Chandigarh 30th May:- World No tobacco day is celebrated on 31st May all over the world. Dr. Jatin Sarin, noted medical oncologist of tricity says this day is to promote awareness regarding harmful effects of consumption of any form of tobacco. India is the third largest tobacco user across the world. As per the WHO, tobacco kills more than 1 million people in India each year. Currently there are 266 million tobacco users in India and a substantial number of second hand smokers. This was stated by Dr. Jatin Sarin during a Awareness event held at Chandigarh.
Dr. Jatin Sarin Medical Oncologist, said that some interesting facts stating environmental load due to cigarette smoking, were brought forward by a study conducted by Imperial College, London. The smoke from the world’s cigarettes represents 0.2% of global greenhouse gas emission. Cigarette butt waste represents 845000 tons of waste produced every year, the same as 3,755 times weight of statue of Liberty.
He further said that globally, each year, the tobacco industry consumes as much energy as the manufacture of 2 million cars. In 2015, it is estimated to have emitted some 8.76 million tons of CO2, the same as 3 million transatlantic flights. All forms of tobacco like cigarettes, cigars, and chewing tobacco are dangerous. Cardiovascular diseases, oral cancers, lung cancers, kidney diseases, pancreatic diseases are commonly seen in tobacco users. Tobacco use affects almost every major organ and system in the body causing a great deal of morbidity and untimely death. More than 4,000 different types of chemicals have been found in tobacco and tobacco smoke. Over 60 of these chemicals have been classified as cancer causing agents by International Agency on Research in Cancer.
Dr. Jatin Sarin added that every time a person smokes a cigarette, the toxic chemicals pass into the lung and further into different organs of the body via the blood. Organs like the mouth, throat, larynx, brain, oesophagus, lungs, urinary bladder, kidney and breast are affected by smoking tobacco. Tobacco also causes many other disorders such as heart disease, chronic obstructive pulmonary disease, stroke, blindness etc. Smoking tobacco is a major risk factor for lung cancer; almost 85% patients diagnosed with Lung cancer have a history of smoking. Cancer develops when there is an uncontrolled multiplication of the cells of the body. The harmful chemicals of the tobacco cause these cells to grow uncontrollably and may lead to cancer. Lung cancer is the 2nd most common cancer in India and first most common cause of death due to cancer.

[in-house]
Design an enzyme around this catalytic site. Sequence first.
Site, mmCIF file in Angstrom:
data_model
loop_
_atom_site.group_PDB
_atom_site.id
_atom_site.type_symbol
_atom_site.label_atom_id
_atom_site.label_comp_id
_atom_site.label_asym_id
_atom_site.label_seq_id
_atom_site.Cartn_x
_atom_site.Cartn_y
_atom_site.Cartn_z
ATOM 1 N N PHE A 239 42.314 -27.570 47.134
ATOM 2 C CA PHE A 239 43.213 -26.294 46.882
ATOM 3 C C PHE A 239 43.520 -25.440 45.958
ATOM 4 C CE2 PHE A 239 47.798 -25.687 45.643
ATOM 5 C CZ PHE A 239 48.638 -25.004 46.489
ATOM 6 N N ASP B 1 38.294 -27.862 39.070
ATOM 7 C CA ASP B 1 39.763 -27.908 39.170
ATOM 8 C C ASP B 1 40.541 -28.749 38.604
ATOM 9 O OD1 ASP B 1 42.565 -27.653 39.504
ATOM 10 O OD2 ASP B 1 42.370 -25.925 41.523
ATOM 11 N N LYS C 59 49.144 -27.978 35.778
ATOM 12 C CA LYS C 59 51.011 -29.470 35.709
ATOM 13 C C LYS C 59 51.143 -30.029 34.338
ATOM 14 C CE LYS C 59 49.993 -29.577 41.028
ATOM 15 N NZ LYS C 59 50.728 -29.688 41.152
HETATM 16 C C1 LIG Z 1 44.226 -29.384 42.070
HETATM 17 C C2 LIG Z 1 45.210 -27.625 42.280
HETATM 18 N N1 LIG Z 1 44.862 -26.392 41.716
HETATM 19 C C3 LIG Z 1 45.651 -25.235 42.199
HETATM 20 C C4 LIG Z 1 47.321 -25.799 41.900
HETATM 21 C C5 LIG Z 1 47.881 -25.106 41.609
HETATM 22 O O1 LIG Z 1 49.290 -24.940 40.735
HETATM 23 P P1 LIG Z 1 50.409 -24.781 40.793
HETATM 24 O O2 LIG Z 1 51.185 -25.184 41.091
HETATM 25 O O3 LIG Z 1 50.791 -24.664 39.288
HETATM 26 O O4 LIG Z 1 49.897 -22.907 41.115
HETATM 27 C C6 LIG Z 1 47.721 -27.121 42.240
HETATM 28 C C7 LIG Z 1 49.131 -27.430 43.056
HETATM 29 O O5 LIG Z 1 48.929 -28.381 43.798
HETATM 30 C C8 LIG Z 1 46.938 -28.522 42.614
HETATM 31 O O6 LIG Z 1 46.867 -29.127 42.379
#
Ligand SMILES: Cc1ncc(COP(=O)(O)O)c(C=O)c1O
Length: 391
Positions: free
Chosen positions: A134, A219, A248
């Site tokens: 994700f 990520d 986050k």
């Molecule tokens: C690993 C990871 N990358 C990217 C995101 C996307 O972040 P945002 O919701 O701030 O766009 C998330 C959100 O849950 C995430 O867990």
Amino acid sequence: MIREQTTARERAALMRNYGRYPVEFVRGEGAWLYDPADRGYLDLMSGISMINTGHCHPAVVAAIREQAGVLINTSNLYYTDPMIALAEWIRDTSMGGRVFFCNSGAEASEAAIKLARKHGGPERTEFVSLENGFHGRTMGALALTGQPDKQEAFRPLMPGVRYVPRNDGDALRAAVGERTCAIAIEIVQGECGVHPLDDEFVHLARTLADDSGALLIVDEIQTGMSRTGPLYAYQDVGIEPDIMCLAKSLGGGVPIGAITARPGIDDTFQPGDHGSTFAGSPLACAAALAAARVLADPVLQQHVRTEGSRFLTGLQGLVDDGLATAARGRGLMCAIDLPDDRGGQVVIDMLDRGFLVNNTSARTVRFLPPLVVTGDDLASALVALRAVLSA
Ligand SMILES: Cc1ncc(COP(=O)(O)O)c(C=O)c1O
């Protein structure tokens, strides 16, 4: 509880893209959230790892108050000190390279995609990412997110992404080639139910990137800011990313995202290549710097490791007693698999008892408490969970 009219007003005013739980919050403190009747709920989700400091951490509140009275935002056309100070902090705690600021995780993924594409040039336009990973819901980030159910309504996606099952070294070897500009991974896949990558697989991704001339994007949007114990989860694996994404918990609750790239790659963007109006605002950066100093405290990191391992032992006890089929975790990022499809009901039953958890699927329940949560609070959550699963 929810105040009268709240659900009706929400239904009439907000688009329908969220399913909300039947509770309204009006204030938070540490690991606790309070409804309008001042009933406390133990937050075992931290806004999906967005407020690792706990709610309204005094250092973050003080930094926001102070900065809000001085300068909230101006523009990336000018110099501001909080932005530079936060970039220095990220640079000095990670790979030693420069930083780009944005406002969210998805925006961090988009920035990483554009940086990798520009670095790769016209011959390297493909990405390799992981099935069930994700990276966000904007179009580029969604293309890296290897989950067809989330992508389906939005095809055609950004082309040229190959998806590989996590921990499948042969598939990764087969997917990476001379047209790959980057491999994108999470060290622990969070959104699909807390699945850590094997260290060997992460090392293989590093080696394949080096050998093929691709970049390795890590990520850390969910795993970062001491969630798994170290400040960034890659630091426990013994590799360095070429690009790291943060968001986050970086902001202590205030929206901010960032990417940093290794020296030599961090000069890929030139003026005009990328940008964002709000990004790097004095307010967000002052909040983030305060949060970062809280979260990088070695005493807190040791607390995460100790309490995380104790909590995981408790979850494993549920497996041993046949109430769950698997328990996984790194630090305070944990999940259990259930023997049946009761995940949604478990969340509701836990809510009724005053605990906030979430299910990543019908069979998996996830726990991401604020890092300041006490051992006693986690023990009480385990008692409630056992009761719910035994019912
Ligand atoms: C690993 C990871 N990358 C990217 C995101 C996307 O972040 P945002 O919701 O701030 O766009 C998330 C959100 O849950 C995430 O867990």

Stopping smoking is associated with the following health benefits. ·Lowered risk for lung cancer and many other types of cancer.
· Reduced risk for heart disease, stroke, and peripheral vascular disease (narrowing of the blood vessels outside your heart).
· Reduced respiratory symptoms, such as coughing, wheezing, and shortness of breath.
· Reduced risk of developing some lung diseases such as COPD.
· Reduced risk for infertility in women of childbearing age.
Though there is increased knowledge of tobacco consumption and its harmful effects, the incidence of lung cancer and other tobacco related issues is high. People should understand the effects of active and passive smoking and quit tobacco consumption for a healthier and longer life.